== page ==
The Columbia Slough is located south and parallel to the Columbia River and consists of approximately 19 miles of predominantly urbanized waterway. The Slough drains approximately 32,700 acres of land with industrial, commercial, residential, and agricultural uses. Much of the City of Portland's industrial and commercial land is contained within the watershedÂ¿s boundaries. Management of the Slough system for flood control and water withdrawal supply has resulted in long residence times, causing increased algal growth, increased temperatures, and other water quality problems (Bureau of Environmental Services, 2007). Drainage from PDX is discharged to the Middle Slough through approximately nine Port-owned stormwater outfalls. The Middle Slough comprises approximately 1.8 miles, and is separated from the Lower Slough by a large levee. The watershed is at the junction of the Columbia and Willamette rivers, and is a key area along migratory routes for birds and fish. Our fish sampling would be centered on the Middle Slough reach and a reference reach in the Upper Slough that has no known upstream sources of PFASs.
Laboratory Analytical Methods
Frozen tissues will be cut into pieces and approximately 1 gm will be weighed out. Stable isotope (extraction) internal standards will be added and the sample will be vortexed and then allowed to equilibrate for 1.5 h. Basic methanol (2.5 mL of 0.01 MKOH in methanol) is added and sonicated for 30 min. The sample is then centrifuged for 5 min at 250 rpms. The supernatant is removed and the extraction is repeated one more time. The collected supernatant is evaporated to 3 mL under nitrogen at 35oC. The extract is cleaned up by passing the extract through an ENVI-Carb column, which is then eluted with methanol. The final extract is spiked with injection internal standards of PFOS and PFOA and evaporated to 1 mL prior to LC-MS/MS analysis (Reiner et al., 2012).
One gram of blood is weighed and combined with stable isotope (extraction) internal standards. The mixture is allowed to equilibrate for 1.5 h before adding 4 mL acetonitrile. Samples are sonicated for 30 min and then centrifuged for 5 min at 2500 rpms. The supernatant is removed and solvent exchanged into methanol before cleanup on ENVI-Carb columns. The sample is then treated as described above for tissue analysis prior to analysis by LC-MS/MS (Reiner et al., 2012).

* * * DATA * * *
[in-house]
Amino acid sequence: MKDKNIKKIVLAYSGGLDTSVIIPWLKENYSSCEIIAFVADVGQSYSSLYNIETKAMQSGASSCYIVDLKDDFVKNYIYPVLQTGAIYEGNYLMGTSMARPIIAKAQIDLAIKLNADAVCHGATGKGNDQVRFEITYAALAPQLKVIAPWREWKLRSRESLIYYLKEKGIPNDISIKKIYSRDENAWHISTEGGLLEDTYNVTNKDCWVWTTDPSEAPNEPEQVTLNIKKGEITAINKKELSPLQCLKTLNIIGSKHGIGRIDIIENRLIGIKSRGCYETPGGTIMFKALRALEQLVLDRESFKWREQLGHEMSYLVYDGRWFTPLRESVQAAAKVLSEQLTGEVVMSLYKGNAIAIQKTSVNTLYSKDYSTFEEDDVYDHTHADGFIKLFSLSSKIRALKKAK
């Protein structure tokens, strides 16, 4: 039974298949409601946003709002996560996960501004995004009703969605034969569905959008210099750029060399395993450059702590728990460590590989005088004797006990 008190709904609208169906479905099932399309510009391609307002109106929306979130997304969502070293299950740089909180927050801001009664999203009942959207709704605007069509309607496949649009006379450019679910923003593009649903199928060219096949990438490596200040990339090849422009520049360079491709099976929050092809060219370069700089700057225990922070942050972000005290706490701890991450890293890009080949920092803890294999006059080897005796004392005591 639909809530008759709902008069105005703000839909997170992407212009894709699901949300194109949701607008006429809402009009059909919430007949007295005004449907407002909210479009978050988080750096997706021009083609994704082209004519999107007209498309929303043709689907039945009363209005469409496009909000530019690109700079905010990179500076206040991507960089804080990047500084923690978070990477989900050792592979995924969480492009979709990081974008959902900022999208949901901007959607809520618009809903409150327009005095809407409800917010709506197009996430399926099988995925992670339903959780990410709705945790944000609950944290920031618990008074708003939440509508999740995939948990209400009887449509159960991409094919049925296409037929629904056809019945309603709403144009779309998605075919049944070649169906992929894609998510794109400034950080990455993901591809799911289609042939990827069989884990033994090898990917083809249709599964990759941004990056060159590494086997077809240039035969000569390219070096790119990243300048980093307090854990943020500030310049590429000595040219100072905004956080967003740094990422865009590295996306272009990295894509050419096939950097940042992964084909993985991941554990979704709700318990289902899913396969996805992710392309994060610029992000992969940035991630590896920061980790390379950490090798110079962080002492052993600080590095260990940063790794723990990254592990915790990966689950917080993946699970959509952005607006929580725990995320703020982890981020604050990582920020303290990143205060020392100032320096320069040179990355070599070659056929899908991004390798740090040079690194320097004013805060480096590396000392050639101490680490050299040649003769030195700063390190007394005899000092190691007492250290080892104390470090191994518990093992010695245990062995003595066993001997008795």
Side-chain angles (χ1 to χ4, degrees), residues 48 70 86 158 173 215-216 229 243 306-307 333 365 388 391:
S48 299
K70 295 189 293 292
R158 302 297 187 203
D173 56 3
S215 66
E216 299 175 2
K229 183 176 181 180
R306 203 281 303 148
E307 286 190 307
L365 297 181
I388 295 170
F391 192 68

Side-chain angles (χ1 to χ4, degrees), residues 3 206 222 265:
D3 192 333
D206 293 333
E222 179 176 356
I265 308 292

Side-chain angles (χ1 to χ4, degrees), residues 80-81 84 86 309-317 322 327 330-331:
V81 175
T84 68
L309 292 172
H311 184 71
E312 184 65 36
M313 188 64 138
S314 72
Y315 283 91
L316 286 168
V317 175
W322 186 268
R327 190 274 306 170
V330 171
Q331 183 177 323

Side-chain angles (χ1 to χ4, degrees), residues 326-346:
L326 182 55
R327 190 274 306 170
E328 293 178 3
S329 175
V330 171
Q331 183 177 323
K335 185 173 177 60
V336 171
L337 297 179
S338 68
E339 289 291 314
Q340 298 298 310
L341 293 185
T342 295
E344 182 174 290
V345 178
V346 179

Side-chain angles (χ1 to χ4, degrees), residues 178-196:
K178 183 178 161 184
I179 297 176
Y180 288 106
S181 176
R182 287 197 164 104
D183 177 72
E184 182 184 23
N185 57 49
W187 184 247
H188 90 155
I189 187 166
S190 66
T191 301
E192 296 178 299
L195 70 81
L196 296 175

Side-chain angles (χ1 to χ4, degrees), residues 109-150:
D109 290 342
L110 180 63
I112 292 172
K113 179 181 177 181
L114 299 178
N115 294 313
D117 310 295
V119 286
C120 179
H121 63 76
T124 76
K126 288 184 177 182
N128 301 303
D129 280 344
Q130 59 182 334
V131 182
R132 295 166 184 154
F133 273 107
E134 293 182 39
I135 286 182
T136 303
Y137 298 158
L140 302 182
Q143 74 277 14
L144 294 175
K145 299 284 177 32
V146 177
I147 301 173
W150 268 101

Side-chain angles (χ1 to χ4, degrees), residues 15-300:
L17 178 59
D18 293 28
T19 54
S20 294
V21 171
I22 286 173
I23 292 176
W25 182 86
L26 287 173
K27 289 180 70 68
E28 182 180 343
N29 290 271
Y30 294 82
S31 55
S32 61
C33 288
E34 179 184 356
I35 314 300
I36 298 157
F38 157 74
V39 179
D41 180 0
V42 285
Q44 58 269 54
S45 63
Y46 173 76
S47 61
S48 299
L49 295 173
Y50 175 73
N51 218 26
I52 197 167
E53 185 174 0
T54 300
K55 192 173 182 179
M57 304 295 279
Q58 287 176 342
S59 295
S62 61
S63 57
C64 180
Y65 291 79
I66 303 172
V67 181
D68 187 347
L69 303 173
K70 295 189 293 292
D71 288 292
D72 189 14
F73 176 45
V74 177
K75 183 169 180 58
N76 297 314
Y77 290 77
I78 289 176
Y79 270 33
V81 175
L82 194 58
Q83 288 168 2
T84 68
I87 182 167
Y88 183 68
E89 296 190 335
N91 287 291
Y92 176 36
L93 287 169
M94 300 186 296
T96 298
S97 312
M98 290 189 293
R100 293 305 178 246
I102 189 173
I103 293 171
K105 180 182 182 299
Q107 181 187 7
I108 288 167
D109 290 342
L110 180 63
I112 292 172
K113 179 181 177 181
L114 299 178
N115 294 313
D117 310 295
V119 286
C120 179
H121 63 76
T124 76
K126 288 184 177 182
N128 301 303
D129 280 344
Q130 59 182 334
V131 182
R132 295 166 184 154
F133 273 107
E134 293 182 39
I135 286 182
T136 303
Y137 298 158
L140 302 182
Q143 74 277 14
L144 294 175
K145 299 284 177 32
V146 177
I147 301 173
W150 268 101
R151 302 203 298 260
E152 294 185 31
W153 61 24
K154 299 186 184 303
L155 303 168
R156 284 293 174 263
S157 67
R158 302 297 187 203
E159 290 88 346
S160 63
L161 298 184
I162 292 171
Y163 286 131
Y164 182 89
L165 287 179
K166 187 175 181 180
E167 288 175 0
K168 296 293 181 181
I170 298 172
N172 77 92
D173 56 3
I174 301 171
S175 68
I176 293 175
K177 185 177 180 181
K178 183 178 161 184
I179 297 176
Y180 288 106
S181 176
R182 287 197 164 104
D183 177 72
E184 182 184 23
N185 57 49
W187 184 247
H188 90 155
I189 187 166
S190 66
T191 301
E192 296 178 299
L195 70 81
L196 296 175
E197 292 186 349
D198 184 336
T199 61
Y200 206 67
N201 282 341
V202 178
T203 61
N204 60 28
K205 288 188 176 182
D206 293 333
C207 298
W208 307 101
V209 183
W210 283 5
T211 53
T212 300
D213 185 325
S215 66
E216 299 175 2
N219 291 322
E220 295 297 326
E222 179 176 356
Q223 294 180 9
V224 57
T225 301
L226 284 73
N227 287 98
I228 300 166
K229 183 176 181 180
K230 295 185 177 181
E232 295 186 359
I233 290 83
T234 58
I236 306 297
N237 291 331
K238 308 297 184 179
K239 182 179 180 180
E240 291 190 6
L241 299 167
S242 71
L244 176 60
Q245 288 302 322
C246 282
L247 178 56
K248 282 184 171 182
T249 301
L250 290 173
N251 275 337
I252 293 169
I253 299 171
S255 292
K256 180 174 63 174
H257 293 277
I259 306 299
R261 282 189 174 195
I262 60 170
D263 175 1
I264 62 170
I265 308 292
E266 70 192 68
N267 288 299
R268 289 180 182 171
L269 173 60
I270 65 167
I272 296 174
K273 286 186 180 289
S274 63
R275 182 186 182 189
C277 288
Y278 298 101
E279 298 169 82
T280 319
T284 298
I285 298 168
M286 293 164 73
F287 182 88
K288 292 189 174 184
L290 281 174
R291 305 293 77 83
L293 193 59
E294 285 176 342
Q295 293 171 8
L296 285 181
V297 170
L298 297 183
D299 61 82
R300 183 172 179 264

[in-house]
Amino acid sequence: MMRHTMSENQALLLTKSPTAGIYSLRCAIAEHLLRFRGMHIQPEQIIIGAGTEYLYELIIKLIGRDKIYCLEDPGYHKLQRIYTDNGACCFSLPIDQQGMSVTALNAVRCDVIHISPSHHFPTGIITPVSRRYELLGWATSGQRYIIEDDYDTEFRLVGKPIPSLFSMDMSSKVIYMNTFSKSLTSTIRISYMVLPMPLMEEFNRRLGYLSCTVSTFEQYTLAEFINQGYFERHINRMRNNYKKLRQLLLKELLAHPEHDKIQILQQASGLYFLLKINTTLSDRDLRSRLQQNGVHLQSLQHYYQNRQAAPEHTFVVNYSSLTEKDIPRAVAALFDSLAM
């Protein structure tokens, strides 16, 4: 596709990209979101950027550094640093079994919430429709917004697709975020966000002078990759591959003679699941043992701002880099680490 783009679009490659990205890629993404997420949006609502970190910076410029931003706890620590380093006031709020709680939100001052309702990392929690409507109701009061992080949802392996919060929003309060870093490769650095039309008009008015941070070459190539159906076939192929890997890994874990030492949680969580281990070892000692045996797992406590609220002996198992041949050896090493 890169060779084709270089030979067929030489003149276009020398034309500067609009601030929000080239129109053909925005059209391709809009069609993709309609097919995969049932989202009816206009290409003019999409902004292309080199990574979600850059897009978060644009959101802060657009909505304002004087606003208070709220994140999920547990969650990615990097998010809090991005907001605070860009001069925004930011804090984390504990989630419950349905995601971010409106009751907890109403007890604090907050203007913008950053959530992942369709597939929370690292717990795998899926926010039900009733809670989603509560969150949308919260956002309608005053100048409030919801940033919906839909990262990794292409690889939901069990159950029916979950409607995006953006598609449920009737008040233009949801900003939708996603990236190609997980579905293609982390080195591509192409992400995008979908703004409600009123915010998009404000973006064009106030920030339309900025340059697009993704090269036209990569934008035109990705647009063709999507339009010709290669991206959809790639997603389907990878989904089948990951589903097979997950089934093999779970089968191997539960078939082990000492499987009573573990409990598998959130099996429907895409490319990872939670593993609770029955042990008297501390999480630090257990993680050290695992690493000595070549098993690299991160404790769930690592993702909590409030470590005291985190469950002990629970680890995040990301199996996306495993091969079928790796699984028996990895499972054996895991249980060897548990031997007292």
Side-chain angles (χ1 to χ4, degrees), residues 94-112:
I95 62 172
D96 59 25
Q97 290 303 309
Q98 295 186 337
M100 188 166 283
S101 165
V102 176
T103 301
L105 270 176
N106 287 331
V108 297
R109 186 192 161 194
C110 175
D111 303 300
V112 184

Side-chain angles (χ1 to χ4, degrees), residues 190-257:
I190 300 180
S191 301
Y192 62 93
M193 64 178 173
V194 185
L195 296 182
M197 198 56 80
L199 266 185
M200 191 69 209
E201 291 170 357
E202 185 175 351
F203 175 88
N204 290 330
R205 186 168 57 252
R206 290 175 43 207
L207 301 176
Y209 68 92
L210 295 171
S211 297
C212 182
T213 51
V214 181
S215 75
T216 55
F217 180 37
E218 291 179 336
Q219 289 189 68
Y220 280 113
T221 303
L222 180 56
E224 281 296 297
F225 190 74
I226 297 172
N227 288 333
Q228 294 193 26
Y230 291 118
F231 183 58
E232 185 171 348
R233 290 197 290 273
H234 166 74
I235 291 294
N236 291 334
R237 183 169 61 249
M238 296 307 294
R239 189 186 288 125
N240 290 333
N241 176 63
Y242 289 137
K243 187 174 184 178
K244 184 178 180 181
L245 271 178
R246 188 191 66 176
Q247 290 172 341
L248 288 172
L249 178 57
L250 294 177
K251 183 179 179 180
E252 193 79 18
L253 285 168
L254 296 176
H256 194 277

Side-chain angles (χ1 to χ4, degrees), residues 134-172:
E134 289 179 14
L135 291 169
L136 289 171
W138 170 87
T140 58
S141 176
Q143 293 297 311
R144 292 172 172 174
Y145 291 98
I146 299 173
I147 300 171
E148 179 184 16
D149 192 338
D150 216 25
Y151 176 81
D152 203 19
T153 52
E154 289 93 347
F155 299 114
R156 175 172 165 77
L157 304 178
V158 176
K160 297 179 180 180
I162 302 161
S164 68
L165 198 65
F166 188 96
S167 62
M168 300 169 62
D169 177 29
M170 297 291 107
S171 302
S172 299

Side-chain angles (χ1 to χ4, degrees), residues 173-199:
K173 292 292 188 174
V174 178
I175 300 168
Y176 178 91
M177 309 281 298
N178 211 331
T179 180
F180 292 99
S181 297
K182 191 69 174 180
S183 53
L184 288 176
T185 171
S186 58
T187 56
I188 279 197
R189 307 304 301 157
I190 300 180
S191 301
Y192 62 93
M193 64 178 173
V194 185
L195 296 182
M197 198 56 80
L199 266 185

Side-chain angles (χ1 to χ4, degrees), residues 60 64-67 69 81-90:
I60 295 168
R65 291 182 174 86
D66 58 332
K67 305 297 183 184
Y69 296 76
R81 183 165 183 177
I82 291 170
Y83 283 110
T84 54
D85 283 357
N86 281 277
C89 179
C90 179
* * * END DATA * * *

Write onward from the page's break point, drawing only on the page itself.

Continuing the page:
PFASs are isolated from organic extracts onto ion-exchange guard columns that are then eluted onto a C18 analytical column for separation. The chromatography methodology described in Backe et al. (2013) and Barzen-Hanson et al. (2015) captures approximately 240 individual PFASs, most of which were recently discovered using non-target high resolution mass spectrometry (Barzen-Hanson et al., 2017). The expanded panel of PFASs includes zwitterionic, cationic, and anionic classes with homologs ranging in fluorinated chain length from C2 to C14. The expanded chromatography separates branched and linear isomers, so information is obtained on branching of PFCAs and PFSAs.
Task 1. Field work
Collection of fish tissue samples from Columbia Slough, OR. USGS will carry out this task using all appropriate field methods and equipment during the summer of 2019.
Frozen tissue samples shipped to the contractorÂ¿s laboratory are the deliverable for this task.
Task 2. Lab analyses
Samples will be analyzed in the contractorÂ¿s laboratory as described above.
Monthly phone calls and data spreadsheets will be the deliverable for this task. The contractor will have monthly calls to discuss the status of the laboratory analyses. Spreadsheet will be provided from the contractor to USGS as the data are completed.
Task 3. Data release
USGS will publish a data release including all of the data generated for the project following USGS Fundamental Science Practices.
The USGS Data Release will be the deliverable for this task.